Sulfide reducing anaerobes in the silages were determined according to the method of Stanley et al. (1971). The numbers of lactic acid bacteria, Enterobacteriaceae, Listeria spp., yeast and moulds were determined following Harrigan (1998).

To determine IVOMD and ME levels of silages, the in vitro gas production technique proposed by Menke and Steingass (1988) was used. Net energy for lactation was calculated using equations found in Blümmel and 0rskov (1993).

The data analyzed with SPSS verison 16.0 (SPSS, Inc. Chicago. Illinios, USA). The sigificance of treatment effects was determined by one-way analysis of varaince and mean speparation was done with Duncan's multiple range procedure. Analyses of the lactic acid bacteria and moulds were conducted with the Frequency procedure.

 

Results and Discussion

The effect of augmenting alfalfa silage with lavender on the proximate analysis of the silages is shown Table 1. The dry matter content of alfalfa silages was increased with the addition of lavender (P <0.01). No significant differences in crude ash, crude protein and ether extract contents were detected among treatments (P >0.05). Nadeau et al. (2000a) observed similar results for alfalfa silages treated with cellulase, inoculant, and formic acid. Similar results were also obtained for alfalfa silage augmented with pre-fermented juices of barley, wheat and grass (Denek et al., 2012). Similarly, relative to the control alfalf silage, the NDF and ADF contents of the silages decreased with the addition of lavender. However, the amount of lavender augmentation had no affect on either NDF or ADF content of the silages. The observed reductions in fibre levels in the augmented silages are also supported by numerous reoprts in the literature (Goering et al., 1991; Sheperd et al., 1995; Nadeau et al., 1996; Nadeau et al., 2000b; Kung et al., 2003; Ce et al., 2016).

Lavender significantly (P <0.01) reduced the pH values of alfalfa silages, especially when augmented with 1.5 % and 2.0 % lavender flowers (Table 2). However, no significant difference was detected in the content of lactic, acetic acid and propionic acid of silages as a result of addition of lavender to alfalfa silages (P >0.05). The quantity of lactic acid bacteria in the alfalfa silages in this study was found to be less than reported by Filya et al. (2001), Ke et al. (2015), and Wen et al. (2017) but similar to the report of Canbolat et al. (2013). The reason for using essential oils to augment alfalfa is to prevent the development of harmful microorganisms in the silage and improve its fermentation characteristics. In the present study, the concentration (cfu/kg) of desirable lactic acid bacteria was increased by augmentation with lavender (control = 4.39 ± 0.20; augmented silages = 4.68 ± 0.05). The presence of Enterobacteriaceae, Listeria spp, sulphite reducing anarobes, and yeast were not detected and moulds were only found in a fraction of the samples. The lack of these undesirable microorganisms indicates proper fermentation with a rapid reduction in pH after ensiling. Tengerdy et al. (1991), Çiftçi et al. (2005), Zhang et al. (2009), and Canbolat et al. (2011) have reported similar results in alfalfa silages that were augmented with either lactic acid bacteria or additional carbohydrate-containing juices.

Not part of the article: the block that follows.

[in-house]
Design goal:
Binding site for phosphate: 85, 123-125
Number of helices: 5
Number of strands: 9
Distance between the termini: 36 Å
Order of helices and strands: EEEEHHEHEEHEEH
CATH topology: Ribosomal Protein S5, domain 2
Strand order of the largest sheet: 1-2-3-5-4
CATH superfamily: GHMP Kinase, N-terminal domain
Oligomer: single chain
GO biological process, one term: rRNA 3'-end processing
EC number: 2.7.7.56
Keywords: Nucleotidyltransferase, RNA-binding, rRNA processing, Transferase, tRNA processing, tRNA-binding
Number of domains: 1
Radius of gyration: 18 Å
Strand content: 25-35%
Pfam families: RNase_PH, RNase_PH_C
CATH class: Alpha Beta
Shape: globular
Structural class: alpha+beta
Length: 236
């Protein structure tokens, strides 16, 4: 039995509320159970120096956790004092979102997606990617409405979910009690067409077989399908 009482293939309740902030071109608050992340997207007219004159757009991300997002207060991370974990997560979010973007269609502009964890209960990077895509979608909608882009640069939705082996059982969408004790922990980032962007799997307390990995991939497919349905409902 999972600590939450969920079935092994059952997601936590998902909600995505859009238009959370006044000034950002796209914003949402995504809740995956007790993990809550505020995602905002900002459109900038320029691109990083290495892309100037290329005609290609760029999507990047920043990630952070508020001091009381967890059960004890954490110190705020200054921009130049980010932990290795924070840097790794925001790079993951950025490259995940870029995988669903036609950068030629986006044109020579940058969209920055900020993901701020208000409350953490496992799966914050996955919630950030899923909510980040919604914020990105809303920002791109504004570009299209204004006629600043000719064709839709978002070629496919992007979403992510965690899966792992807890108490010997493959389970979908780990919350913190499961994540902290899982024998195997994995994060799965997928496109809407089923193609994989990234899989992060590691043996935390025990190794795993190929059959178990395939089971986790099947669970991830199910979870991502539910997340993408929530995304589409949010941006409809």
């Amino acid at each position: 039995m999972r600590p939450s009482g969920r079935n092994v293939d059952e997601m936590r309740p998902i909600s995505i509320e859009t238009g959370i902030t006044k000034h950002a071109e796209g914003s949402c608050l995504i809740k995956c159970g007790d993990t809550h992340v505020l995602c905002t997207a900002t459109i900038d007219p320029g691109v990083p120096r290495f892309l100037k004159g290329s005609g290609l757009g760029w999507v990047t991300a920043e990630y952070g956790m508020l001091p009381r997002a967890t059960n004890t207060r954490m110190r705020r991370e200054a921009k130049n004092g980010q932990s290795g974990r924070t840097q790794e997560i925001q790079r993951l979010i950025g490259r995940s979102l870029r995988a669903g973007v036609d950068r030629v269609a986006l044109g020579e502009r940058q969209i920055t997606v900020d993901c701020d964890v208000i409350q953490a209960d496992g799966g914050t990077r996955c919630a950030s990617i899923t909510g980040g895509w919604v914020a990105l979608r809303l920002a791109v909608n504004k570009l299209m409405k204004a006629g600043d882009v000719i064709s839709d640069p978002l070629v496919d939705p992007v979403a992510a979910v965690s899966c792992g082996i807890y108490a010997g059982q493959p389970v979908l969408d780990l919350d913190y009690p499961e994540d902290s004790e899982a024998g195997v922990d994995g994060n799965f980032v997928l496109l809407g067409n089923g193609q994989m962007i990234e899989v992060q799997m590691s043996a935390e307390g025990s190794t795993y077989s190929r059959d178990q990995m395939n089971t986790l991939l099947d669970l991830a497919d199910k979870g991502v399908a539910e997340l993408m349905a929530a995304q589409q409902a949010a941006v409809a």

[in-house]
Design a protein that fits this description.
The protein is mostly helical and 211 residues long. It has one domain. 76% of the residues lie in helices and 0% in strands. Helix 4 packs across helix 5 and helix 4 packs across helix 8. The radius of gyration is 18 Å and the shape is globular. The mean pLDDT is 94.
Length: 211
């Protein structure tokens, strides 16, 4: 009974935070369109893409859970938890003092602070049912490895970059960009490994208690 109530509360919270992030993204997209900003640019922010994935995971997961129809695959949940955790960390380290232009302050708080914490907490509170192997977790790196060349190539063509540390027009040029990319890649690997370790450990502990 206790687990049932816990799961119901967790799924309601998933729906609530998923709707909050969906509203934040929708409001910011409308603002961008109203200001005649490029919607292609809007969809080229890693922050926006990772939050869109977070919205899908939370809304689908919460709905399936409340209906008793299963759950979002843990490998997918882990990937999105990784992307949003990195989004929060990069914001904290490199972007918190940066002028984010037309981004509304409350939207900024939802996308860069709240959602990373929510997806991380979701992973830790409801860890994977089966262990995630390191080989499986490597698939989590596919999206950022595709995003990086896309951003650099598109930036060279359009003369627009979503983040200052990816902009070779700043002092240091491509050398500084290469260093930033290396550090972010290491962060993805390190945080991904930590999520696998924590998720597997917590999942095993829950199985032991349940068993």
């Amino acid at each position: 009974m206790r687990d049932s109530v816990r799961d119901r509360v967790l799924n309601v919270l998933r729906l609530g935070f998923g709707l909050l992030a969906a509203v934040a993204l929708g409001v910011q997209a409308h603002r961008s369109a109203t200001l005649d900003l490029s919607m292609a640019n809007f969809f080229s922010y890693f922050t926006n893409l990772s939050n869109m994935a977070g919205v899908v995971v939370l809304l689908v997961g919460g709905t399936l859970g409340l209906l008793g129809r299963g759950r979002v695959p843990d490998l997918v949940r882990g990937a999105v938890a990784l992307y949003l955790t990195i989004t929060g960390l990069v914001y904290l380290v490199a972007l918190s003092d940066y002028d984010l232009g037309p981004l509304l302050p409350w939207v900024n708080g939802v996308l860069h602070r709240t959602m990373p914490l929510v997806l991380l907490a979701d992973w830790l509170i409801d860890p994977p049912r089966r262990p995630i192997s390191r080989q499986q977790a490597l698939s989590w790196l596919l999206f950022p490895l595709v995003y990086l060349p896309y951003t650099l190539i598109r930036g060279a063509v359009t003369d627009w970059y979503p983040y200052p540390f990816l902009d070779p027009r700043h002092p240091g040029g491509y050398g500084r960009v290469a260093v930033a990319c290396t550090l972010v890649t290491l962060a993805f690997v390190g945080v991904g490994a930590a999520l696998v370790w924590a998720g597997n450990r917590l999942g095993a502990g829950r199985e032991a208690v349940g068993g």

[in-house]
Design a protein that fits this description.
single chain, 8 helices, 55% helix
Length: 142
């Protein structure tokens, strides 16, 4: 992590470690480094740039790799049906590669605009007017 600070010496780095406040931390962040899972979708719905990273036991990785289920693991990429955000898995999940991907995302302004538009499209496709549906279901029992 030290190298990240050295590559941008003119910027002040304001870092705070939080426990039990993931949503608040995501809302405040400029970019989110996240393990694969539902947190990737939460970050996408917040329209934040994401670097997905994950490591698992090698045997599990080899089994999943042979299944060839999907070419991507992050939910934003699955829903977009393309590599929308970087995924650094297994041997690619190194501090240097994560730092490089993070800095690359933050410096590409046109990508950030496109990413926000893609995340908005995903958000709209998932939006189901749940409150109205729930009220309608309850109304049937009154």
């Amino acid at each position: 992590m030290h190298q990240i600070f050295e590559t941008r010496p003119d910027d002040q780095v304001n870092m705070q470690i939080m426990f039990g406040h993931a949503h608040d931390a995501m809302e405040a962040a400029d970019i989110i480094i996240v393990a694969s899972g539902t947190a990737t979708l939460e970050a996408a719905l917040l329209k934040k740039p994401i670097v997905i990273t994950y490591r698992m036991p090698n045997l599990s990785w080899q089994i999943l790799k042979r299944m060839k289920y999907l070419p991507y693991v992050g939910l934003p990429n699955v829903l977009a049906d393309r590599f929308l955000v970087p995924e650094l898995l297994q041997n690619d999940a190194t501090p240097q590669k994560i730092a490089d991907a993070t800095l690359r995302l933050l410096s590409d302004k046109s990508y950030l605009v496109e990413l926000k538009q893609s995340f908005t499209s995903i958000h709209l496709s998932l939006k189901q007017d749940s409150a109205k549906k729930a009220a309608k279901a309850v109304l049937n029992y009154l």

As a result of the addition of lavender to alfalfa silages, IVOMD increased significantly (P <0.05; Table 3). Non-significant numerical increases in ME and NEL were also observed (P >0.05). The reduction of the plant cell wall components, resulting from the augmentation of the alfalfa with lavender and manifest as NDF and ADF may have been responsible for the increased IVOMD. These findings for IVOMD are similar to those reported by Contreras-Govea et al. (2011), Canbolat et al. (2013), and Koc et al. (2008) for augmented alfalfa silages.

Alfalfa is a difficult crop to ensile because conditions required for the fermentation required to produce good quality silage may not be obtained (Bolsen et al., 1996). Improper fermentation can result in proliferation of undesirable microorganisms and loss of DM. What determines the quality of silages is pH and the amount of lactic acid formed during fermentation. Butyric acid bacteria are the most important competitor of acetic acid bacteria during the fermentation of silages. Formation of butyric acid in silage can result in a marked loss of nutrients. Therefore, butyric acid is not desired in silages. Hashemzadeh-Cigari et al. (2014) stated that lactic acid content did not change with the addition of additives to alfalfa silages. Tabacco et al. (2006) reported that no butyric acid content occurs as a result of adding additive to alfalfa silages.

 

Conclusion

The addition of lavender flower at different levels to alfalfa silage improved its fermentation properties without decreasing its nutritional value. Thus, better silages were obtained and it may be concluded that lavender has potential to be used as a preservative in alfalfa silages.

Conflict of Interest Declaration

The author has no conflict of interest that would compromise the conduct of this work or interpretation of the results.

 

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Received 13 November 2018
Accepted 17 December 2019
First published online 1 January 2020

 

 

# Corresponding author: duru.asuman@gmail.com